Becoming Debt Free in 2009

March 25, 2009

Tips for Getting Scholarships (Part 2)

Filed under: Scholarships — ambercouric @ 8:56 am

Course Selection and Grades  (GPA)

What I know about this is limited to information from 8 schools.  Both private and public.  If there is a particular school that you are interested in call the admissions office and ask how GPA is calculated.

All students have a high school GPA.  This is the average grade of all classes taken during high school (sometimes includes high school classes taken in junior high).  Many schools also have a weighted factor for honors or AP classes.    The GPA calculated by the college may be very different from the high school GPA. 

The universities that my son applied to had this formula.  They take the core courses ( you can find the course requirements on each college website) and use only the grades for those courses to determine if you have a high enough GPA  to meet their standards.  My nephew was an average student and had a mediocre GPA.  His parents decided to put him in PE classes to pull up his GPA.  His high school GPA was up but the college GPA didn’t change.   Colleges are more interested in grades from academic courses and also the level of those courses. 

Choosing course levels – rule of thumb here is to choose the class that gives you the best GPA outcome.  For example, taking a Calculus class that is honors and is weighted 4 for an A or taking an AP Calculus class that is weighted 5 for an A.  It seems like it would be better to take the AP class.  But if your child is not the strongest math student an A is honors Calculus is better than a C in AP Calculus.  But a B in AP Calculus is weighted the same as an A in honors Calculus  so you should take the more advanced AP class. 

Since the above is now clear as mud I’ll go on to discuss other classes.  Colleges are looking for academics.  There is an exception.  A passion class.  For example, if you child is a talented musician it is fine that they have four credits for band.  Same for art.  But to have the minimum academic courses and lots of PE or basket weaving, home economics, etc. basically tells the school that you were only interested in getting what you had to have.  You didn’t take enough of the classes that would challenge you.

Public high schools some times are horrible for getting students in the right classes.  Each year I had to go to the guidance counselor and redo Ashby’s schedule.  One year in particular they had him scheduled for English, AP Statistics, 2 study halls, 1 PE, Yearbook, Creative Writing, and SAT prep.  I had to have the scheduled changed to AP English, AP Statistics, Biology 101 (college credit class), Biology 202 (college credit class), AP US History, and one study hall.  There were less classes overall because some required two periods.  This seems like a heavy load but knowing my child I knew that it was not to much for him.  Make sure you help your child arrange his classes.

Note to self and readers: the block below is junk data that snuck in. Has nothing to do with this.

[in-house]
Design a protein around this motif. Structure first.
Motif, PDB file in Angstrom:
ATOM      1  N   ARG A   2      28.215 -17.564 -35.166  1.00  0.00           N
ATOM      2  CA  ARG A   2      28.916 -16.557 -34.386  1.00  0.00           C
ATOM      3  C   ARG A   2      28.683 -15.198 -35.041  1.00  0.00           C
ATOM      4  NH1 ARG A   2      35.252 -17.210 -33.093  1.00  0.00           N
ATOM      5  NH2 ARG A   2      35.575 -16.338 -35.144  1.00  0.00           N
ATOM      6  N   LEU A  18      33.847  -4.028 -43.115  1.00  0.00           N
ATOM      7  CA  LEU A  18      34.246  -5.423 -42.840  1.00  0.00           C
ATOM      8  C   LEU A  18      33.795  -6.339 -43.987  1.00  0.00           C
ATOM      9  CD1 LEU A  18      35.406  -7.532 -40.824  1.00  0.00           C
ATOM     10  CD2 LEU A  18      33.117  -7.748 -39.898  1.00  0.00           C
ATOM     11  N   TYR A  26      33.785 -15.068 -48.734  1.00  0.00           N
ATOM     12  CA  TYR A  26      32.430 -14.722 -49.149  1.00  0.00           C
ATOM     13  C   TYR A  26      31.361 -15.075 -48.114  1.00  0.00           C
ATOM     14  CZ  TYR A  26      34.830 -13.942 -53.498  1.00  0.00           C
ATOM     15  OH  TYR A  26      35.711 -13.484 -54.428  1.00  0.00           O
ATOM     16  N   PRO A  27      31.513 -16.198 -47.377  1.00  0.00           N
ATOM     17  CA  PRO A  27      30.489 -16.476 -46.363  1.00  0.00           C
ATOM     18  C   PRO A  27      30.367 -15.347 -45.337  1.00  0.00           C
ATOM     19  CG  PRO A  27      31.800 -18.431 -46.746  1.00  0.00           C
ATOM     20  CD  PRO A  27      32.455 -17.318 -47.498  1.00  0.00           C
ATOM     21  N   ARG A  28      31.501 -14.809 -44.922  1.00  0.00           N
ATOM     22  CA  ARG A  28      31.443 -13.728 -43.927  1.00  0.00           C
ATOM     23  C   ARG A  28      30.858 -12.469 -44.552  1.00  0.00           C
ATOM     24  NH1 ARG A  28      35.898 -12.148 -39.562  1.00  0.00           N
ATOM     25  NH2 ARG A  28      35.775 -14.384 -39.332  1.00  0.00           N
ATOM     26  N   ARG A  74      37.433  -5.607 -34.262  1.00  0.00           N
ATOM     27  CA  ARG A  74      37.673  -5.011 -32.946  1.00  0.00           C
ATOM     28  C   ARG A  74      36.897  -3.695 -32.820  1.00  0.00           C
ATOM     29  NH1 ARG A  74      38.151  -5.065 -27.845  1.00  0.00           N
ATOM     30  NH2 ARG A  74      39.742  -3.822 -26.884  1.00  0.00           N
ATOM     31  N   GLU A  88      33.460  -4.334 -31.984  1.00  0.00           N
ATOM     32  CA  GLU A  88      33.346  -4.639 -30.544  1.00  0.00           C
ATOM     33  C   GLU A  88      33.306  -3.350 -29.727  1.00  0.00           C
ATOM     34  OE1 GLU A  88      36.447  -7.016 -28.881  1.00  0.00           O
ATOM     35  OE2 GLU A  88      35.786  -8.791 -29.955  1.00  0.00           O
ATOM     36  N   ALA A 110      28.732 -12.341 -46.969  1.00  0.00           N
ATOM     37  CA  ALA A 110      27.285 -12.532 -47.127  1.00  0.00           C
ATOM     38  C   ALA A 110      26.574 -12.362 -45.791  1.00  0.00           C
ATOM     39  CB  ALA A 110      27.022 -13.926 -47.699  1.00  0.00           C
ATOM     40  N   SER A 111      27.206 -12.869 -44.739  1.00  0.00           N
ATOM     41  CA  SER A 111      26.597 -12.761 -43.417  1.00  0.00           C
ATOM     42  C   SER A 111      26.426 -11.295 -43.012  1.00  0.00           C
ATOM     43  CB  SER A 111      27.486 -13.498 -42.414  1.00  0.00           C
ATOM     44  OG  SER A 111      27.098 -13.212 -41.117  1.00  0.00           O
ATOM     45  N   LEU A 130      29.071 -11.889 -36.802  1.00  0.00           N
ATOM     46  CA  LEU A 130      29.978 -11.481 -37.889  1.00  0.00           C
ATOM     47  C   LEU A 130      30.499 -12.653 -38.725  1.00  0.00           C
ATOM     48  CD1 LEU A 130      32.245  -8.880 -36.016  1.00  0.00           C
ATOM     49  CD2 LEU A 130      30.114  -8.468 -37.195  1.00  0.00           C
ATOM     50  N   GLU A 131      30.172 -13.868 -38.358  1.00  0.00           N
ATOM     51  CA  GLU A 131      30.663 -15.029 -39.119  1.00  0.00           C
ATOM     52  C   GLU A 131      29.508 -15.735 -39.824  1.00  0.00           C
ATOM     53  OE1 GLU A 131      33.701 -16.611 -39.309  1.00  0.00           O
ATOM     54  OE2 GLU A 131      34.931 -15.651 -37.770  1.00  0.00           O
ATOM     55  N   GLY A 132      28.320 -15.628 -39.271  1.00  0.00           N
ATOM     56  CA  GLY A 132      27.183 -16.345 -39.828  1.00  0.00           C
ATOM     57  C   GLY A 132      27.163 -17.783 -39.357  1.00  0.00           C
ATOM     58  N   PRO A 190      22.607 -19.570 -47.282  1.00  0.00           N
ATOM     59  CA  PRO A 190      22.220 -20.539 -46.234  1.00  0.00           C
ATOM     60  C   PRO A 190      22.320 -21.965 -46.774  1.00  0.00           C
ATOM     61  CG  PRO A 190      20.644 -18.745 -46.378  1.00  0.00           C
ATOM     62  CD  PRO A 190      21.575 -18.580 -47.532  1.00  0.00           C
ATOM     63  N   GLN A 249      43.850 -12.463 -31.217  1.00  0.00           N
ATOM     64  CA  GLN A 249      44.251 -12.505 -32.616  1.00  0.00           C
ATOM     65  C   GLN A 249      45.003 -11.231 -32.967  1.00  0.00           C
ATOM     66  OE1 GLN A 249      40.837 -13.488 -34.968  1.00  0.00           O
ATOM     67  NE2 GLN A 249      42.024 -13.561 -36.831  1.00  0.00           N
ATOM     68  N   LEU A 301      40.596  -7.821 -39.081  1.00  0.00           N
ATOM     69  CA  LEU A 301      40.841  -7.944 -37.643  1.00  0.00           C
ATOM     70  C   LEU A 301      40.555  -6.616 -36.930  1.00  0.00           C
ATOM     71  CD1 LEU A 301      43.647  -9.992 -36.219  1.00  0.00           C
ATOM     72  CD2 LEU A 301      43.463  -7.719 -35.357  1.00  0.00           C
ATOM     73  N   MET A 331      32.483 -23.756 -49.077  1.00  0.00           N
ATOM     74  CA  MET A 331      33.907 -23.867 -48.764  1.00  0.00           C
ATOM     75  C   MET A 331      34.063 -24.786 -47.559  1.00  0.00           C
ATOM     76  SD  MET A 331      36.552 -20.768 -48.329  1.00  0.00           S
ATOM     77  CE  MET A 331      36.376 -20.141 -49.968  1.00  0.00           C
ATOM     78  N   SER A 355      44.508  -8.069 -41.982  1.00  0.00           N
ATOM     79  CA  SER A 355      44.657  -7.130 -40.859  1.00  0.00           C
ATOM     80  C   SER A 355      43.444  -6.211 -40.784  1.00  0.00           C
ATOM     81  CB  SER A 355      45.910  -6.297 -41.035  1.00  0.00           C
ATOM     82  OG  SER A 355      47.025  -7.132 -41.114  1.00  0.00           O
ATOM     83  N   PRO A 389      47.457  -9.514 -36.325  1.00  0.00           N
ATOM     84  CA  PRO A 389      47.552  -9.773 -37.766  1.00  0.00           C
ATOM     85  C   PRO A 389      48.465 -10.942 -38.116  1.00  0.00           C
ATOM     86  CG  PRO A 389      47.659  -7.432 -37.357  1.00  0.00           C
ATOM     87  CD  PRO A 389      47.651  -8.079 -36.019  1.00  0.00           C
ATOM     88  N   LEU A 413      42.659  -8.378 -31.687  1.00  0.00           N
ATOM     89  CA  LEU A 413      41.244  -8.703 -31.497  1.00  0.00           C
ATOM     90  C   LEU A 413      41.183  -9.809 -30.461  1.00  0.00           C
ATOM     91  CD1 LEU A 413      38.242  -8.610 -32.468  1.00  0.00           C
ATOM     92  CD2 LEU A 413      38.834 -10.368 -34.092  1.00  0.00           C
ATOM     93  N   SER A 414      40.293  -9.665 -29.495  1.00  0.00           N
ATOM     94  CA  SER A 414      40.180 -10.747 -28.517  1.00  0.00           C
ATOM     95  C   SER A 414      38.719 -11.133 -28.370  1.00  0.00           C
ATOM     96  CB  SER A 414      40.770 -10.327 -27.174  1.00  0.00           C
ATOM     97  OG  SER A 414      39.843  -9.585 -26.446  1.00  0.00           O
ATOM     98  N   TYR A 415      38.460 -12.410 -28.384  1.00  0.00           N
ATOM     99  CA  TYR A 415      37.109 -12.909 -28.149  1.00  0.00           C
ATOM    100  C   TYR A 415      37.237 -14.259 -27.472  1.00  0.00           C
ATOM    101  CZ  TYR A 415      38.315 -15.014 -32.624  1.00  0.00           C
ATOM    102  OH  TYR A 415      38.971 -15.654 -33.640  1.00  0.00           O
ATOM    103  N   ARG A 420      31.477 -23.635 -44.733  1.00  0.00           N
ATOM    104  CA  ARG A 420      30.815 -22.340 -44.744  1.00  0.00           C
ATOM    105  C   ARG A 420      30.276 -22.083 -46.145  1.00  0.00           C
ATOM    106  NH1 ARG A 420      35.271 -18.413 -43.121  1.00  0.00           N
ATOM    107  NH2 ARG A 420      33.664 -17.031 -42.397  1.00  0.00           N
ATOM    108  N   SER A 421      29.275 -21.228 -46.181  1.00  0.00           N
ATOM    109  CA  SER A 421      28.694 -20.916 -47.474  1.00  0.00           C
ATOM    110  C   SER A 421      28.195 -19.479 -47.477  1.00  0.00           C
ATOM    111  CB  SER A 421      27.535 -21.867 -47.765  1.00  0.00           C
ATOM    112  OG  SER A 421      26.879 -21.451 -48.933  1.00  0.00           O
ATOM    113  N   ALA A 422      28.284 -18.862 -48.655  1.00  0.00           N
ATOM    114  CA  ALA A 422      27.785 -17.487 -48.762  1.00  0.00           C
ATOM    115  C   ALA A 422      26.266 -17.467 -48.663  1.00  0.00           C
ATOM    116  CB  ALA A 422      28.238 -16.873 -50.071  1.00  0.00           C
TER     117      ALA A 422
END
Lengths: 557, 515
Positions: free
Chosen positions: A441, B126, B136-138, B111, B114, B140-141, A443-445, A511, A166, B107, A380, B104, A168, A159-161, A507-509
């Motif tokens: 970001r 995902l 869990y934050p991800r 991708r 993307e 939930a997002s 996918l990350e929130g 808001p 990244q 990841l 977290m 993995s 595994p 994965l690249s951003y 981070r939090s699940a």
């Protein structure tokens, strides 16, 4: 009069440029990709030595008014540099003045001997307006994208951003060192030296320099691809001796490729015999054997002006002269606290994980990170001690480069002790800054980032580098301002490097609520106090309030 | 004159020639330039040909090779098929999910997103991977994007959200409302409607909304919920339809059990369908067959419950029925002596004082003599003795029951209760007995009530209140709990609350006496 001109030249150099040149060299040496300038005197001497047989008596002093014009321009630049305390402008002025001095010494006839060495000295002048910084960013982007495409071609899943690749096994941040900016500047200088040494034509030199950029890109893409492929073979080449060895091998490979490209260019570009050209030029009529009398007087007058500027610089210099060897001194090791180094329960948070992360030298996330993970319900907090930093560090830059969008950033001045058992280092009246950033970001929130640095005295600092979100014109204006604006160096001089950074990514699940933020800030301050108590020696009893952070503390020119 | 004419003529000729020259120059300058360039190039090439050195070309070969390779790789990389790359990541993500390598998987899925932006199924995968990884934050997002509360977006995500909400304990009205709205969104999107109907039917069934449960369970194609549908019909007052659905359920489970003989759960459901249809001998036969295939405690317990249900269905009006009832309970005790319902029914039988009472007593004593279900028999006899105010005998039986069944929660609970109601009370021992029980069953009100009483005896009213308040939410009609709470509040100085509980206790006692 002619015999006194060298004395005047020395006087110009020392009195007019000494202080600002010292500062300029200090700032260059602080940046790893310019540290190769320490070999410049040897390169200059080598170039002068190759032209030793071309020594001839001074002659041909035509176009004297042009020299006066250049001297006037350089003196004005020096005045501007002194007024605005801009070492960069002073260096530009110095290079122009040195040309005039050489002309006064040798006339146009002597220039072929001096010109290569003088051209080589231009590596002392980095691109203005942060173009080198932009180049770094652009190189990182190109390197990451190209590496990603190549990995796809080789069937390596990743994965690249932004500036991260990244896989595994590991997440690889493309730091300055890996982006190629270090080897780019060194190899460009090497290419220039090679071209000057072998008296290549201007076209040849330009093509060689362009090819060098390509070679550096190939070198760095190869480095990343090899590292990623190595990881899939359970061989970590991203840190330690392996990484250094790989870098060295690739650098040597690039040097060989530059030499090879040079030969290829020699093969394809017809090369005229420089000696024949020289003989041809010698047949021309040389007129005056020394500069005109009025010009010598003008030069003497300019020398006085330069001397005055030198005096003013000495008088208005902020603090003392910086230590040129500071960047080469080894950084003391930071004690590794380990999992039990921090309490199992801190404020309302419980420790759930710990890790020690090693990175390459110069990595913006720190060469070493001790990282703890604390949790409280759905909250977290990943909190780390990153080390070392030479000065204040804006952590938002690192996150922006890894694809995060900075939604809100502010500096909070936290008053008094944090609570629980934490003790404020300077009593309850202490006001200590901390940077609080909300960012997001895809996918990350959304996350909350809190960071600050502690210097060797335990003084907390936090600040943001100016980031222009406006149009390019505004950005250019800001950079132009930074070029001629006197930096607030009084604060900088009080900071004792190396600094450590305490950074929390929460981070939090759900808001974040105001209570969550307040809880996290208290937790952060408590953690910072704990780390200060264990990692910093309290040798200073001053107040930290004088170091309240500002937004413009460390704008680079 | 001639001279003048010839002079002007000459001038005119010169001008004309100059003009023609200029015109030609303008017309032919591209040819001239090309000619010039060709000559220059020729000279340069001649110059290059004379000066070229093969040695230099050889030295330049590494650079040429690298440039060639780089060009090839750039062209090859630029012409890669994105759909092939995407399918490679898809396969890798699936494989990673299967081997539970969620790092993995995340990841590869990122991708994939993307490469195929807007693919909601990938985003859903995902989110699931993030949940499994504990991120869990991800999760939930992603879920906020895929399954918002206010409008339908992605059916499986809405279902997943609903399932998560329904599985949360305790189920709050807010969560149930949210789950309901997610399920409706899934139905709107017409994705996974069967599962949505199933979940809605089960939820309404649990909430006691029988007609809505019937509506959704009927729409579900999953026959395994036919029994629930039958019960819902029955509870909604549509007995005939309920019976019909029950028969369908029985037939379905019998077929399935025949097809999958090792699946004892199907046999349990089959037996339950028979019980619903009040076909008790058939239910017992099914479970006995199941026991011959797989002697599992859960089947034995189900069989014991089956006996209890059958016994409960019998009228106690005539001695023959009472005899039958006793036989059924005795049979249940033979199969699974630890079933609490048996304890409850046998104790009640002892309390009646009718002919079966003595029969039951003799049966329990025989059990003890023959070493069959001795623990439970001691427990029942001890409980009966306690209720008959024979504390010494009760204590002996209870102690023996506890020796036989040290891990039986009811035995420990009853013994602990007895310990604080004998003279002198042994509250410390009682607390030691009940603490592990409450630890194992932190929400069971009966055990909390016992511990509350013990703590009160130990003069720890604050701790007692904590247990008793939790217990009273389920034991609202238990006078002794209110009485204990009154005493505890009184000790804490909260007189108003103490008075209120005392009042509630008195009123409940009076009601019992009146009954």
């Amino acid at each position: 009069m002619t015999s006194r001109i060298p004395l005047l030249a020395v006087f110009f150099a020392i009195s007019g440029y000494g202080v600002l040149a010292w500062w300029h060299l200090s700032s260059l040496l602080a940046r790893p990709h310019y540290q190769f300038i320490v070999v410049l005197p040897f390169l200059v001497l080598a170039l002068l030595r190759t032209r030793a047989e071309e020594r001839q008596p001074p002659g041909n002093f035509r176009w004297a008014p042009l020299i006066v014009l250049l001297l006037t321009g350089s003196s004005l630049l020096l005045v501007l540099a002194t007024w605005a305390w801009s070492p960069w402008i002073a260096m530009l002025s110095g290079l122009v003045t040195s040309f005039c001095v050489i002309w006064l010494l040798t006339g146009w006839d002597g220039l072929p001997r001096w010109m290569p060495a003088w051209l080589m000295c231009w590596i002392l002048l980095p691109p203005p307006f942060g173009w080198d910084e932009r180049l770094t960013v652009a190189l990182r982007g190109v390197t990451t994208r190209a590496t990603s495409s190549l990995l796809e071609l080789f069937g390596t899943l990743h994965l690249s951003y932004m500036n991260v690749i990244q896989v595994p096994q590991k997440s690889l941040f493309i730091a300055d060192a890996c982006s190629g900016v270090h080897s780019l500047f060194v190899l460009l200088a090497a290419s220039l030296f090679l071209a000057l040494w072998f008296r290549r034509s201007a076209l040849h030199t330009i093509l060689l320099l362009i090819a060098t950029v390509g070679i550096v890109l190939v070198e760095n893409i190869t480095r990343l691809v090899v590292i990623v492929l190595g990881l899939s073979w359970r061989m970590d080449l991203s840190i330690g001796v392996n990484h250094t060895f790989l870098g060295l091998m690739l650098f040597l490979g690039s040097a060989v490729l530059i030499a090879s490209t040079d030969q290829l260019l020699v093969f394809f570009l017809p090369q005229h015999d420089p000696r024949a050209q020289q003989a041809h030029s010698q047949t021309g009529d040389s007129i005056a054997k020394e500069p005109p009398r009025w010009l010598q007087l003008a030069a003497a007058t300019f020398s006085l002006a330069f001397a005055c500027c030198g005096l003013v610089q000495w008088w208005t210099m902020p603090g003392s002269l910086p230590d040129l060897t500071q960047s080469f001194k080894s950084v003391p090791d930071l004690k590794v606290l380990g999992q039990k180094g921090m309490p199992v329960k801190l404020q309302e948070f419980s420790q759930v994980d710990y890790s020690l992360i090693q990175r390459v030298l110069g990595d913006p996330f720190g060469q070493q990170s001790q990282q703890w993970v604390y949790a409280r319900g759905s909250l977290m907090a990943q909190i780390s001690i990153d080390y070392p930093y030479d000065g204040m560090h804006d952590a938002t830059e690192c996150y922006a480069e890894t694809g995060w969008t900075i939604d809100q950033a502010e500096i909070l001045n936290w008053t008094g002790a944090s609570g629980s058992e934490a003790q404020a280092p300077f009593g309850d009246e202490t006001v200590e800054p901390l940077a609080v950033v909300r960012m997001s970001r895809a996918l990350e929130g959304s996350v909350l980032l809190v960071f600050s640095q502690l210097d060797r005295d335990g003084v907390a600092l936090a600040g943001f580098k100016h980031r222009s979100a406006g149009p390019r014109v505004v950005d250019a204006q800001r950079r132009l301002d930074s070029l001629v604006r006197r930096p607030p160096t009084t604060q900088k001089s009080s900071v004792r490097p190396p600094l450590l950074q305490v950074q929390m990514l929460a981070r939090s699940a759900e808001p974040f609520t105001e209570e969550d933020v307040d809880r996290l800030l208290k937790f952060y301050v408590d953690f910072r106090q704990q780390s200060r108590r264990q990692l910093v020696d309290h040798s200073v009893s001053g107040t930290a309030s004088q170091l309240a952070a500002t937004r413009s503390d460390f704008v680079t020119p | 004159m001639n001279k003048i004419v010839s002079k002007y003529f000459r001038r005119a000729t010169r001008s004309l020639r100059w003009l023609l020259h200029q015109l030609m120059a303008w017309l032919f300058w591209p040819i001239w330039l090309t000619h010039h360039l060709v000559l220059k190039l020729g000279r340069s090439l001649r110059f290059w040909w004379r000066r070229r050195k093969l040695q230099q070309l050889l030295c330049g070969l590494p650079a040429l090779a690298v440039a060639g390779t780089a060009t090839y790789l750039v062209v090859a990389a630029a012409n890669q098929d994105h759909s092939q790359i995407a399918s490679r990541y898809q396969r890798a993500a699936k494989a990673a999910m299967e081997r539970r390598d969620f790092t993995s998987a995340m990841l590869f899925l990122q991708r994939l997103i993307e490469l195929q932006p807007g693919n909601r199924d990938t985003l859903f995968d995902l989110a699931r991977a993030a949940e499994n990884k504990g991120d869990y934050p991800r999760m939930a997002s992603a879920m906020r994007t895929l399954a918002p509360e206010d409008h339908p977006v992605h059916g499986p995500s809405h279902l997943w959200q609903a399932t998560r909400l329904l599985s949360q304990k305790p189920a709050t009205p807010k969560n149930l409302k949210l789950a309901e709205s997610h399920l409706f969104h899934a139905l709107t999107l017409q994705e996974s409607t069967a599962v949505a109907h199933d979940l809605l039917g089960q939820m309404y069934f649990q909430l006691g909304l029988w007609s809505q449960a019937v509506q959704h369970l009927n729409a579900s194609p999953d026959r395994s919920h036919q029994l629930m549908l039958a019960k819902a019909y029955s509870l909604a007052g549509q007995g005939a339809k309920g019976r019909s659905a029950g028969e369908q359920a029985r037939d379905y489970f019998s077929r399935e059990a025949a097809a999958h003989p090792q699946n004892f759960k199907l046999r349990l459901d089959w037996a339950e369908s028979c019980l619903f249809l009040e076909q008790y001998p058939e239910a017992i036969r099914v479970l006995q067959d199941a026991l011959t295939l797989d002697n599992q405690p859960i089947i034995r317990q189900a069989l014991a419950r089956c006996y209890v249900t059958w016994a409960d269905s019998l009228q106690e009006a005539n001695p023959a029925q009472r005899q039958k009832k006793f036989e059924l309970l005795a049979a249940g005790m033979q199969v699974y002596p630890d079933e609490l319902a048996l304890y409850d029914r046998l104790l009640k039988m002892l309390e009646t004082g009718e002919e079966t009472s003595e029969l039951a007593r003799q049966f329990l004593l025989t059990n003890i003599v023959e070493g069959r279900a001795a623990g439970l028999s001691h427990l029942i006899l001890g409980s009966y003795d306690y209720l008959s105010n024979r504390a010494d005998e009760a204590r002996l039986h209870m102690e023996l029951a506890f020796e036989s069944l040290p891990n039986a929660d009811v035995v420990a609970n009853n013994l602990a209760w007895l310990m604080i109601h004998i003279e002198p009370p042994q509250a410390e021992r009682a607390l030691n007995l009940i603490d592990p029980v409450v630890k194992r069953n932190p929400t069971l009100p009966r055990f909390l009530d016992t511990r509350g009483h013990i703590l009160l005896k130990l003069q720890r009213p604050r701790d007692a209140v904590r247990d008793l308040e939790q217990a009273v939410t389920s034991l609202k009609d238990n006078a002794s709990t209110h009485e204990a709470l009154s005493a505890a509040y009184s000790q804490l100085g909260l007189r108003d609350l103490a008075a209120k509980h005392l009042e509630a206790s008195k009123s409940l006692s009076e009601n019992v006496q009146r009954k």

Students can get into good schools only taking the minimum required classes but in most cases they won’t be the ones getting the scholarships.

Tomorrow I will post about extra curricular activities.



  1. This is a good post. My son is in 11th grade now, and while he has always been “GT” all the way (not all school systems have this, but it’s the top-level classes, replaced by AP in some subjects in the higher grade levels), he has chosen to drop back to “honors” (which is a step down from GT/AP) in calculus and physics “so I can pass them,” he said. He’s doing better than passing, but I got his point, and I think he’s old enough to decide what he’s capable of – after all, it’s him taking physics and calculus, not me. Our gut feeling was that great grades a step down from GT is better than struggling at the C level in GT, so of course we supported him in this plan. He stayed in GT for English, History, etc. Funny thing is that he’s planning to be an engineer, but GT in math and science is just insanely difficult in our part of the country (northeast U.S. near Johns Hopkins University, etc.)

    Comment by 444 — March 25, 2009 @ 9:58 am

  2. My college and my high school had very different methods for calculating GPA. My high school GPA was a little over a 4 but based on the college’s formula my score was a 4.7! My high school used a scale of up to 4 for all courses and then added .07 for every AP class you took. The college used a scale of up to 5 for AP and honors classes, hence the discrepancy. It makes it hard to compare GPA across different school systems.

    Comment by Miss M — March 26, 2009 @ 3:20 pm

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